Cooked legumes — beans, peas and lentils — are a nutritious low-calorie, high-fiber option. They're also an excellent source of plant-based protein, quite inexpensive and a versatile ingredient. Take a look at the nutritional information for some popular legumes:
- Lentils: One hundred grams of lentils has 116 calories and 20.1 grams of carbohydrates, per the USDA.
- Black beans: One hundred grams of this bean has 132 calories and 23.7 grams of carbs, according to the USDA.
- Pinto beans: A 100-gram portion of pintos has 143 calories and 26.2 grams of carbohydrates, according to the USDA.
Legumes are considered a subset of vegetables in the Dietary Guidelines, which recommends having 1.5 cups of them each week.
How to incorporate legumes in your diet: Feature beans as protein sources in vegetarian dishes, such as burritos bean burgers. Lentil and pea soups are filling meals that can be low-calorie. Add vegetables — such as celery, kale and onions — to make them higher in fiber and more filling, but not much higher in calories. Top salads with chickpeas and add black beans to tacos.
4. Whole Grains
Packed with fiber and high in protein, iron and B vitamins, whole grains provide a healthy, low-calorie addition to your diet. Whole grains to try include:
- Oatmeal: A cup of cooked oatmeal delivers 166 calories and 28.1 grams of carbohydrates, per the USDA.
- Quinoa: A cup of cooked quinoa has 222 calories and 39.4 grams of carbohydrates, according to the USDA.
- Whole-wheat bread: Two slices of whole-wheat bread has 161 calories and 27.3 grams of carbs, according to the USDA.
Aim to have 3 or more ounces of whole grains a day, per the Dietary Guidelines.
How to incorporate more grains in your diet: Start your day with whole-grain cereal like oatmeal. Use whole-grain bread, pitas or wraps for your lunchtime sandwich. Include a side of brown rice, wild rice or quinoa at dinner time. Swap out your usual pasta, pizza crust and tortillas for the whole-grain varieties.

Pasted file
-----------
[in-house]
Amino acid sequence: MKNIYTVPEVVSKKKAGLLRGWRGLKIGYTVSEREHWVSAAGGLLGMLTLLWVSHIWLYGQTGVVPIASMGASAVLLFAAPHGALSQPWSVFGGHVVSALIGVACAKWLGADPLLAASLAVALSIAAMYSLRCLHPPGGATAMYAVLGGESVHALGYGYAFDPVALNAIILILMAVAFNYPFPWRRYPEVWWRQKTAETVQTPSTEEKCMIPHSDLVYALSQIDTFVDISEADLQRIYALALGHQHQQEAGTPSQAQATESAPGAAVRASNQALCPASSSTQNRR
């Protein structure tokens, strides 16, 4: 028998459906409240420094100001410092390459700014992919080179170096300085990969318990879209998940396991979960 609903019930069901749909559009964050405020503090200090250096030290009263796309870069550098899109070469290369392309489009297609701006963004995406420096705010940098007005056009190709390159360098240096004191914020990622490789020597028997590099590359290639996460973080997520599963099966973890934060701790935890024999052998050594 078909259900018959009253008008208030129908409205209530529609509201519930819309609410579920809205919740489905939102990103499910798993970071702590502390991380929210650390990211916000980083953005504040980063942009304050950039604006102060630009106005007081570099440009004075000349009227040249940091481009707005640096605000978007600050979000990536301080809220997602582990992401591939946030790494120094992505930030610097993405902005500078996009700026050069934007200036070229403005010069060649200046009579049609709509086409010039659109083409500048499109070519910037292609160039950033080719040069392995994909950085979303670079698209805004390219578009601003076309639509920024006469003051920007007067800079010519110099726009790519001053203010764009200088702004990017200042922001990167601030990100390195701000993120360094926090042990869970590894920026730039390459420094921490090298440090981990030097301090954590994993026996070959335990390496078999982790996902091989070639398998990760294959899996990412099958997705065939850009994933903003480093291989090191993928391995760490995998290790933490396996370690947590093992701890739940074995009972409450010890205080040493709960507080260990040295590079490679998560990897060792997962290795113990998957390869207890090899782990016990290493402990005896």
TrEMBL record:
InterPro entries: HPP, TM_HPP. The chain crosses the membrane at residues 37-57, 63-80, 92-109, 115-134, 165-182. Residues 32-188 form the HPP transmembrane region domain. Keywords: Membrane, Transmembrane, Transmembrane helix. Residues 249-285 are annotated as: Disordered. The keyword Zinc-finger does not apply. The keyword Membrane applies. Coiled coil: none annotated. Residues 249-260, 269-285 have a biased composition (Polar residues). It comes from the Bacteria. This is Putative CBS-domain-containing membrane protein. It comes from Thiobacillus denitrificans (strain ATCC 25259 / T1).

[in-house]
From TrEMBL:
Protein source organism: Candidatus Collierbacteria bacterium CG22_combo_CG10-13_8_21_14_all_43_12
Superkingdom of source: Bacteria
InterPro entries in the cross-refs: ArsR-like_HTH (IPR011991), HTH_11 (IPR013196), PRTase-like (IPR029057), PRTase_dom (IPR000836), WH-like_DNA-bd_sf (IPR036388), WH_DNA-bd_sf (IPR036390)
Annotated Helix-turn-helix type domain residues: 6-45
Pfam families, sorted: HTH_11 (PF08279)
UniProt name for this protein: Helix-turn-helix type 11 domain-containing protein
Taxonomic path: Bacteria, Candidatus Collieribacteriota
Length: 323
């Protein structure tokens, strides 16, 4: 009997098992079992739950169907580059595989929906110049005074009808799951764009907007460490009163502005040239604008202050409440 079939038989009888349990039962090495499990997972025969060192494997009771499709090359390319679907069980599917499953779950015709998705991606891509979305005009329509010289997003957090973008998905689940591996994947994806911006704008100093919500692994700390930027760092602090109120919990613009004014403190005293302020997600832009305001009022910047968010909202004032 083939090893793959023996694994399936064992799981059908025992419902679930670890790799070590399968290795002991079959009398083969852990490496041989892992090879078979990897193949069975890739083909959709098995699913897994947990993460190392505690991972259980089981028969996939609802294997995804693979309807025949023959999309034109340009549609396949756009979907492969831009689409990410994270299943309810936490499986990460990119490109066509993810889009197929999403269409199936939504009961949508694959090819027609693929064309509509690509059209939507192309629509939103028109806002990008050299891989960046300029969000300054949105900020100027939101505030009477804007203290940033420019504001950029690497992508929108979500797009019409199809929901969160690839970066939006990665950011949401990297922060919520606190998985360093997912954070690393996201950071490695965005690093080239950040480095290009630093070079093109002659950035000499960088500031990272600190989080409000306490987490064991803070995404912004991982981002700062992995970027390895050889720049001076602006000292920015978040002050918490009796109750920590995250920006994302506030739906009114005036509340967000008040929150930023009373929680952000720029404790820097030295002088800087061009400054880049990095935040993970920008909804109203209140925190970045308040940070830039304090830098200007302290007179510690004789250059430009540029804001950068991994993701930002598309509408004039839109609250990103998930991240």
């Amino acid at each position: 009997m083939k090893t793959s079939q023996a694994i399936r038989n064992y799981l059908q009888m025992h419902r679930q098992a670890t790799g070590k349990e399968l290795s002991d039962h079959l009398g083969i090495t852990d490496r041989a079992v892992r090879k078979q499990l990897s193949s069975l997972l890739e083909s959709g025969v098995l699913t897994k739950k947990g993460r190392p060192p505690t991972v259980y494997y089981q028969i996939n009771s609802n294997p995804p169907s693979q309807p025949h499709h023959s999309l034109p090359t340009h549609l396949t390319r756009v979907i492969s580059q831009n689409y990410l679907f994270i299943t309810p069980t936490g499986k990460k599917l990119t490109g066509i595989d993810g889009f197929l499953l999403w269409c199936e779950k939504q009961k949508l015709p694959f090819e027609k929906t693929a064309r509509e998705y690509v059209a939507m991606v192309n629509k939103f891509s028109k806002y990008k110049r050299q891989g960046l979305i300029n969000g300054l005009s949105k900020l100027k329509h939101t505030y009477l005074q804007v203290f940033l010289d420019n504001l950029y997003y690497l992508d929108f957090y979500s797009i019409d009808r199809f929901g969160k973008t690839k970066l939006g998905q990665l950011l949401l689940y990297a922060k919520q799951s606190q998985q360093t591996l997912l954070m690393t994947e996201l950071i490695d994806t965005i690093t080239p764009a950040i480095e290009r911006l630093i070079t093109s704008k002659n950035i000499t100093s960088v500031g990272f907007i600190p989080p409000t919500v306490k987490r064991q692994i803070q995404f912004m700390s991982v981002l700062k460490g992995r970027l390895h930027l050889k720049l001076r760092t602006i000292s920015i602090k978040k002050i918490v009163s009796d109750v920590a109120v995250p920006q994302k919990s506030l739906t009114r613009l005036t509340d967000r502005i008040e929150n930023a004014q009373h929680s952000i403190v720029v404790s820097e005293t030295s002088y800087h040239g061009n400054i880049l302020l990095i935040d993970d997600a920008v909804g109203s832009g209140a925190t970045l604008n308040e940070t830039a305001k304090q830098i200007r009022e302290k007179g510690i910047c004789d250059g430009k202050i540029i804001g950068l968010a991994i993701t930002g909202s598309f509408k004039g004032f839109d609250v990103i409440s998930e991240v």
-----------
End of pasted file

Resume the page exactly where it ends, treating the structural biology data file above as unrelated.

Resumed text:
Yogurt is a source of high-quality protein. Greek yogurt is higher in protein than regular yogurt, and it has a thicker, creamier texture. Choose plain yogurt instead of flavored yogurt sweetened with sugar, which has extra calories and no extra nutrients. If you're looking to avoid calories, look for fat-free options.
Take a look at the caloric and fiber content of yogurt:
How to incorporate more yogurt in your diet: Try it with fruit or oatmeal as a nutritious, low-calorie breakfast or snack. Use it as a dip for vegetables, in place of sour cream with a baked potato or on top of spicy foods (think: chili). You can also eat it plain as a snack.
- Centers for Disease Control and Prevention: "Eat More, Weigh Less?"
- USDA: "Apples"
- USDA: "Bananas"
- USDA: "Pears"
- USDA: "Oranges"
- USDA: "Blueberries"
- 2020-2025 Dietary Guidelines for Americans
- USDA: "Brussels Sprouts"
- USDA: "Sweet Potatoes"
- USDA: "Spinach"
- USDA: "Lentils"
- USDA: "Black Beans"
- USDA: "Pinto Beans"
- USDA: "Cooked Oatmeal"
- USDA: "Quinoa Cooked"
- USDA: "Whole Wheat Bread"
- USDA: "Non-Fat Yogurt"
- USDA: "Nonfat Greek Yogurt"